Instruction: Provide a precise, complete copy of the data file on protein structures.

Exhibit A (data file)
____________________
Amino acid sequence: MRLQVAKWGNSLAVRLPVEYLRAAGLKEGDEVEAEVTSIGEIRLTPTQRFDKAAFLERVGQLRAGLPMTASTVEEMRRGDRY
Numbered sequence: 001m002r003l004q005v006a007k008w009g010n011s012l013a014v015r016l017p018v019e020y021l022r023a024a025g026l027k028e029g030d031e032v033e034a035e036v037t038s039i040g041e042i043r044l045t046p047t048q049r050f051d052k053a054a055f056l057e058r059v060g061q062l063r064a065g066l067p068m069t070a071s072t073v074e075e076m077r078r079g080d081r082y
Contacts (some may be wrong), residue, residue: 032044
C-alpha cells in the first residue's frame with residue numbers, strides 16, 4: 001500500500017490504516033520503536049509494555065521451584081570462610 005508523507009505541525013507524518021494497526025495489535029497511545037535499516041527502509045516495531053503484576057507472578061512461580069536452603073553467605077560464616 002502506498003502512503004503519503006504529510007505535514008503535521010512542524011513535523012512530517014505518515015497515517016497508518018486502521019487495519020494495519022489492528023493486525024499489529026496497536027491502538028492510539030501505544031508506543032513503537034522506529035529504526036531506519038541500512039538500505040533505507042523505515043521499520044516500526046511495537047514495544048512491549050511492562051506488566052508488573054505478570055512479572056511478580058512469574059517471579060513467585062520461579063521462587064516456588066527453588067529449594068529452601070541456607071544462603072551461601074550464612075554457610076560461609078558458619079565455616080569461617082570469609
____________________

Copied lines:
Amino acid sequence: MRLQVAKWGNSLAVRLPVEYLRAAGLKEGDEVEAEVTSIGEIRLTPTQRFDKAAFLERVGQLRAGLPMTASTVEEMRRGDRY
Numbered sequence: 001m002r003l004q005v006a007k008w009g010n011s012l013a014v015r016l017p018v019e020y021l022r023a024a025g026l027k028e029g030d031e032v033e034a035e036v037t038s039i040g041e042i043r044l045t046p047t048q049r050f051d052k053a054a055f056l057e058r059v060g061q062l063r064a065g066l067p068m069t070a071s072t073v074e075e076m077r078r079g080d081r082y
Contacts (some may be wrong), residue, residue: 032044
C-alpha cells in the first residue's frame with residue numbers, strides 16, 4: 001500500500017490504516033520503536049509494555065521451584081570462610 005508523507009505541525013507524518021494497526025495489535029497511545037535499516041527502509045516495531053503484576057507472578061512461580069536452603073553467605077560464616 002502506498003502512503004503519503006504529510007505535514008503535521010512542524011513535523012512530517014505518515015497515517016497508518018486502521019487495519020494495519022489492528023493486525024499489529026496497536027491502538028492510539030501505544031508506543032513503537034522506529035529504526036531506519038541500512039538500505040533505507042523505515043521499520044516500526046511495537047514495544048512491549050511492562051506488566052508488573054505478570055512479572056511478580058512469574059517471579060513467585062520461579063521462587064516456588066527453588067529449594068529452601070541456607071544462603072551461601074550464612075554457610076560461609078558458619079565455616080569461617082570469609